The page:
⌛ To Kill A Mockingbird Scout Character Traits

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To Kill A Mockingbird Scout Character Traits



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To Kill A Mockingbird - Characters

Transferring to the University of Alabama at Tuscaloosa, Lee was known for being a loner and an individualist. She did make a greater attempt at a social life there, joining a sorority for a while. Pursuing her interest in writing, Lee contributed to the school's newspaper and its humor magazine, the Rammer Jammer , eventually becoming the publication's editor. In her junior year, Lee was accepted into the university's law school, which allowed students to work on law degrees while still undergraduates. The demands of her law studies forced her to leave her post as Rammer Jammer editor. After her first year in the program, Lee began expressing to her family that writing—not the law—was her true calling.

She went to the University of Oxford in England that summer as an exchange student. Returning to her law studies that fall, Lee dropped out after the first semester. She soon moved north to follow her dreams to become a writer. Author Harper Lee in her hometown of Monroeville, Alabama in In , a year-old Lee arrived in New York City. In , the Browns gave Lee an impressive Christmas present—to support her for a year so that she could write full time. She quit her job and devoted herself to her craft.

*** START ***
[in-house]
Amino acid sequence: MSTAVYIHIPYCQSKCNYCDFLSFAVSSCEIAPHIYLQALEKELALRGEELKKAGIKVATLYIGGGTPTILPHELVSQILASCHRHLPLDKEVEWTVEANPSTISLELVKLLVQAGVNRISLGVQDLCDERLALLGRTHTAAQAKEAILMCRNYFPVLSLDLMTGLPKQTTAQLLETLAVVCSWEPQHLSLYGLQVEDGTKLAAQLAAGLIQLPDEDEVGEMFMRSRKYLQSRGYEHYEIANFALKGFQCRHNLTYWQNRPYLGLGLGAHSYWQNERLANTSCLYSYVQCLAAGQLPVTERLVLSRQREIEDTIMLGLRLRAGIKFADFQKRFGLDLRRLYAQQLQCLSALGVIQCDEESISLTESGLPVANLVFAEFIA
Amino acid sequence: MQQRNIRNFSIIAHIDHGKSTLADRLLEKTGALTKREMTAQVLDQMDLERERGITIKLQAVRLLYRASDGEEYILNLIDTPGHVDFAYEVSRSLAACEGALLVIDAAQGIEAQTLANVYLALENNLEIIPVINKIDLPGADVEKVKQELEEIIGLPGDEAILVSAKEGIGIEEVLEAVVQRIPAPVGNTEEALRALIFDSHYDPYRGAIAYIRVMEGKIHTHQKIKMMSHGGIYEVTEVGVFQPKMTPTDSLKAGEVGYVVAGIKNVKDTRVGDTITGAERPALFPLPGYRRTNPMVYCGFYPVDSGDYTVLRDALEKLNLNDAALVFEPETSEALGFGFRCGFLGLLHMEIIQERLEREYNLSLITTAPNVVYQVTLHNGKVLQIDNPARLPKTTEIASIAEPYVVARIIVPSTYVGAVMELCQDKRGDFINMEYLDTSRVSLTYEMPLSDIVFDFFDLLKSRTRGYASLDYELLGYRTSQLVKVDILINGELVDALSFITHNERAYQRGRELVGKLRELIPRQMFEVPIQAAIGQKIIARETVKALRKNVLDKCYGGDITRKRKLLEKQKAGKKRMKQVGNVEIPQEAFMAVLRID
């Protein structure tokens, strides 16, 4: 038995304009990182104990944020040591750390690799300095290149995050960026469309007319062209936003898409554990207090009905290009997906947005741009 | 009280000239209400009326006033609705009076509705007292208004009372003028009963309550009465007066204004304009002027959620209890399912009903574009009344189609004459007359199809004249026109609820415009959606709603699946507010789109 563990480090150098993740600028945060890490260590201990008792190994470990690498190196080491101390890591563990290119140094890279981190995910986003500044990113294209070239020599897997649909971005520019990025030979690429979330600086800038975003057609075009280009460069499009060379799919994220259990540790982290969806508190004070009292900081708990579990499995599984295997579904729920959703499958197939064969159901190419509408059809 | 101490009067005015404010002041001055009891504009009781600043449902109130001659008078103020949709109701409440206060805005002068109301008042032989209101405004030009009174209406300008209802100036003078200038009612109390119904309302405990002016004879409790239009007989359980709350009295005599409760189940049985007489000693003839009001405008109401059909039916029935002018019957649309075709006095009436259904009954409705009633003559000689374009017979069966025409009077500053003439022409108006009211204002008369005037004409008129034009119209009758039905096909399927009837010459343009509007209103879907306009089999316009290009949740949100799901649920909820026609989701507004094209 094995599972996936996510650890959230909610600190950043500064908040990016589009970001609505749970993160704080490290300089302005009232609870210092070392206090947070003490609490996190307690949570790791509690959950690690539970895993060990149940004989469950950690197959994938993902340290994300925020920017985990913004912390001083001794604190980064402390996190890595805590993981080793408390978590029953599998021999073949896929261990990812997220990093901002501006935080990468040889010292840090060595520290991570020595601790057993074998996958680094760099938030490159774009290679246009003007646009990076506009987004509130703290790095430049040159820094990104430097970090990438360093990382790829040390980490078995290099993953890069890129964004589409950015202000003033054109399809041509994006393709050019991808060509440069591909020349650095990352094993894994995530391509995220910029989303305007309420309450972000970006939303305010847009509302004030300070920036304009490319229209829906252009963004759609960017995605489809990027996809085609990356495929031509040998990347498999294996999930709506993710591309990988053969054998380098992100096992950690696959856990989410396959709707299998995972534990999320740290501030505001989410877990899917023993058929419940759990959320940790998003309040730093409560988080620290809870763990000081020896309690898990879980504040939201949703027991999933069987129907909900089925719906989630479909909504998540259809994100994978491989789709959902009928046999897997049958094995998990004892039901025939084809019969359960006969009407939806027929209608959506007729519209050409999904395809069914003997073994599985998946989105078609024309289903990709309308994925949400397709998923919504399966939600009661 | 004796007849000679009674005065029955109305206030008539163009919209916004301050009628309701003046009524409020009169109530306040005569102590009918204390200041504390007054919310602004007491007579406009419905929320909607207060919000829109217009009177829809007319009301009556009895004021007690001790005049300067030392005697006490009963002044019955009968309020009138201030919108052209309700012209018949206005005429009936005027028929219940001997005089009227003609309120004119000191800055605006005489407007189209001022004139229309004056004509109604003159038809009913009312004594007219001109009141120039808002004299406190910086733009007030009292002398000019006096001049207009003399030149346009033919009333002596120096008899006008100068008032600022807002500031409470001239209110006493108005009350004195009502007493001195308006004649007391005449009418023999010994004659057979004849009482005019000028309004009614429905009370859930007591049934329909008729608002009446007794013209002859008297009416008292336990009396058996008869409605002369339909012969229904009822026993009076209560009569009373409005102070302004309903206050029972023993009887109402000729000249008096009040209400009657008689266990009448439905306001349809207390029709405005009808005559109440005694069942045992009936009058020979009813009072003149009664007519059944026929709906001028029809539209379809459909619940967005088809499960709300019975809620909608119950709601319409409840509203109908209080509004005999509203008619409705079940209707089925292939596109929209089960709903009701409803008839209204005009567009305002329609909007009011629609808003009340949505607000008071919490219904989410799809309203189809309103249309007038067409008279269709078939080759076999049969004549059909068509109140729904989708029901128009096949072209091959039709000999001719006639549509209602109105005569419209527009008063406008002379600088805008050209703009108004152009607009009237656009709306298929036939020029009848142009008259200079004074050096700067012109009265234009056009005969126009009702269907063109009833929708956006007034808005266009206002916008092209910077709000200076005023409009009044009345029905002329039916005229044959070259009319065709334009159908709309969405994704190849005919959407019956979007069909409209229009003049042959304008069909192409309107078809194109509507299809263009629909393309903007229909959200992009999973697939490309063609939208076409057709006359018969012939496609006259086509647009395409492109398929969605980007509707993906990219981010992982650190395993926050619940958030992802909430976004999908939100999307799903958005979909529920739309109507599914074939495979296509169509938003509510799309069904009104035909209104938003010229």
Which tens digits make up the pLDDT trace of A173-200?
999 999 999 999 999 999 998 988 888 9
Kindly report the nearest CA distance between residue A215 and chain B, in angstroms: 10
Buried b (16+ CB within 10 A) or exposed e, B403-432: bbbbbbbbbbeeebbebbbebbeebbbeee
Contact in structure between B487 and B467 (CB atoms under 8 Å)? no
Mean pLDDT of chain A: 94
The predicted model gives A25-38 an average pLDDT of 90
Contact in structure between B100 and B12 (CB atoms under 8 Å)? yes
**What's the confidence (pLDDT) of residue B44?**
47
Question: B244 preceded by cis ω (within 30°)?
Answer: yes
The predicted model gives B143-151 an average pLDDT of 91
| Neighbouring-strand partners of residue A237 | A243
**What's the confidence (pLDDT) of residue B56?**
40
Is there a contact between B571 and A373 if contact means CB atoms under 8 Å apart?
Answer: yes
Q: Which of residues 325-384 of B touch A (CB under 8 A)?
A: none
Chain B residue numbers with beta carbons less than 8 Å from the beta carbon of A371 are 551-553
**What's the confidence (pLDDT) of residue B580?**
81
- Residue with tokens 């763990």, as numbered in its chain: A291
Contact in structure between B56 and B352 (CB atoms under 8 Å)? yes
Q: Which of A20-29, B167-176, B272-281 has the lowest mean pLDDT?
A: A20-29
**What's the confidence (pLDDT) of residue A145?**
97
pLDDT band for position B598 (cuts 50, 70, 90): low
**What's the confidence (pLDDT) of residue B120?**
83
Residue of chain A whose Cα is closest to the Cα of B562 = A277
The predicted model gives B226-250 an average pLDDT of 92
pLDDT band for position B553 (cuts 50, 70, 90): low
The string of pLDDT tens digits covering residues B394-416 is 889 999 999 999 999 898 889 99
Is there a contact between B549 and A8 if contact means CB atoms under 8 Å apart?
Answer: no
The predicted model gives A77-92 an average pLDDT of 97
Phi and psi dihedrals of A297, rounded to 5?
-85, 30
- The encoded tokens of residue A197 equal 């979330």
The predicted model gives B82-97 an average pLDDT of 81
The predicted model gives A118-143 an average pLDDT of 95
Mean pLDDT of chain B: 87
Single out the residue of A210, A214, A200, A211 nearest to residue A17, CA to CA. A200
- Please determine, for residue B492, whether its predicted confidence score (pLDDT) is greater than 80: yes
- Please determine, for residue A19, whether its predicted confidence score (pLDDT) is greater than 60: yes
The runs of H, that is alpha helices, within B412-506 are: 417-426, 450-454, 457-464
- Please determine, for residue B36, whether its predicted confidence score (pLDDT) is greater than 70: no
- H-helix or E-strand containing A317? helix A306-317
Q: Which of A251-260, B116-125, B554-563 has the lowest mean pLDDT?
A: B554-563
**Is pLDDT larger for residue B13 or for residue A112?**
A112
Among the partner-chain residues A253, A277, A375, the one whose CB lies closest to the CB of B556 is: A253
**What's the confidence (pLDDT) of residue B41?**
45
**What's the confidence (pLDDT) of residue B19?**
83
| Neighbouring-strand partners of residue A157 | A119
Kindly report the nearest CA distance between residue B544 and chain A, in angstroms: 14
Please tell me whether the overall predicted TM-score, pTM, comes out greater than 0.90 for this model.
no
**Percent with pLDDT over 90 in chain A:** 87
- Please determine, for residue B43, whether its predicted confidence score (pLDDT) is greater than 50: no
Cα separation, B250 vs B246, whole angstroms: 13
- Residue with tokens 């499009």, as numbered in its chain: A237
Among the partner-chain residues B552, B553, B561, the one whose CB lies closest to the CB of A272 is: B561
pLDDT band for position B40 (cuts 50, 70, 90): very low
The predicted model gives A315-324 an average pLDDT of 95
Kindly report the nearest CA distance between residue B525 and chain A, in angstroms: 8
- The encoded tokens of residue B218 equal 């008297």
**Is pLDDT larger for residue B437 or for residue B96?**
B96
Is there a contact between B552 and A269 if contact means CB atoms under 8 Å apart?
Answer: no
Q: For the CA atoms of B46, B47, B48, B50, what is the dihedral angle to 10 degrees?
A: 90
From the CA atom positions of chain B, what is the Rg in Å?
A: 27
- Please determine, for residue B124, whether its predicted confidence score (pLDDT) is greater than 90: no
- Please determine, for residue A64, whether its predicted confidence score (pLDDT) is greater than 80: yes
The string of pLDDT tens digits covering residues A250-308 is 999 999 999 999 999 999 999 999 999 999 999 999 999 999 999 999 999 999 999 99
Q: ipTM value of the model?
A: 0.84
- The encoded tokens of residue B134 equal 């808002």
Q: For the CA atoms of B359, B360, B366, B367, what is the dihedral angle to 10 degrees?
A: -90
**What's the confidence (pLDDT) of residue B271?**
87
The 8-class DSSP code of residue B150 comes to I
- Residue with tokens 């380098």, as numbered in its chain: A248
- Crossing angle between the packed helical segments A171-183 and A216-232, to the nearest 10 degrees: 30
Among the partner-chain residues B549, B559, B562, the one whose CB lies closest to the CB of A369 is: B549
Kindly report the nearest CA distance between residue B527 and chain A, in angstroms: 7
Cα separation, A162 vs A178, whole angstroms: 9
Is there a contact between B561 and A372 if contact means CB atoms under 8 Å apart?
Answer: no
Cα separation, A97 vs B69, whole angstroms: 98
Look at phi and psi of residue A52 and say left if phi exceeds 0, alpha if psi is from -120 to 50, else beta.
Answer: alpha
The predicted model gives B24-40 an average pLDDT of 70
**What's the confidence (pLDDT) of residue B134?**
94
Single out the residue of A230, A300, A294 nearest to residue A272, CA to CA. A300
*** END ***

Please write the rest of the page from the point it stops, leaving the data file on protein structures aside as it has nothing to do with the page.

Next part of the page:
The Browns also helped her find an agent, Maurice Crain. He, in turn, was able to get publisher J. Lippincott Company interested in her work. Working with editor Tay Hohoff, Lee worked on a manuscript set in a small Alabama town, which eventually became her novel To Kill a Mockingbird. Tougher than many of the boys, Lee often stepped up to serve as Truman's childhood protector. Truman, who shared few interests with boys his age, was picked on for being sensitive and for the fancy clothes he wore. While the two friends were very different, they both had difficult home lives. Truman was living with his mother's relatives in town after largely being abandoned by his own parents.

While in New York City in the s, Lee was reunited with her old friend Capote, who was by then one of the literary rising stars of the time. In , Lee joined forces with Capote to assist him with an article he was writing for The New Yorker. Capote was writing about the impact of the murder of four members of the Clutter family on their small Kansas farming community. The two traveled to Kansas to interview townspeople, friends and family of the deceased and the investigators working to solve the crime. Serving as his research assistant, Lee helped with the interviews, eventually winning over some of the locals with her easygoing, unpretentious manner.

Truman, with his flamboyant personality and style, had a hard time initially getting himself into his subjects' good graces. During their time in Kansas, the Clutters' suspected killers, Richard Hickock and Perry Smith, were caught in Las Vegas and brought back for questioning. Lee and Capote got a chance to interview the suspects not long after their arraignment in January Soon after, Lee and Capote returned to New York. She worked on the galleys for her forthcoming first novel while he started working on his article, which would evolve into the nonfiction masterpiece In Cold Blood. The pair returned to Kansas for the murder trial. Lee gave Capote all of her notes on the crime, the victims, the killers, the local communities and much more.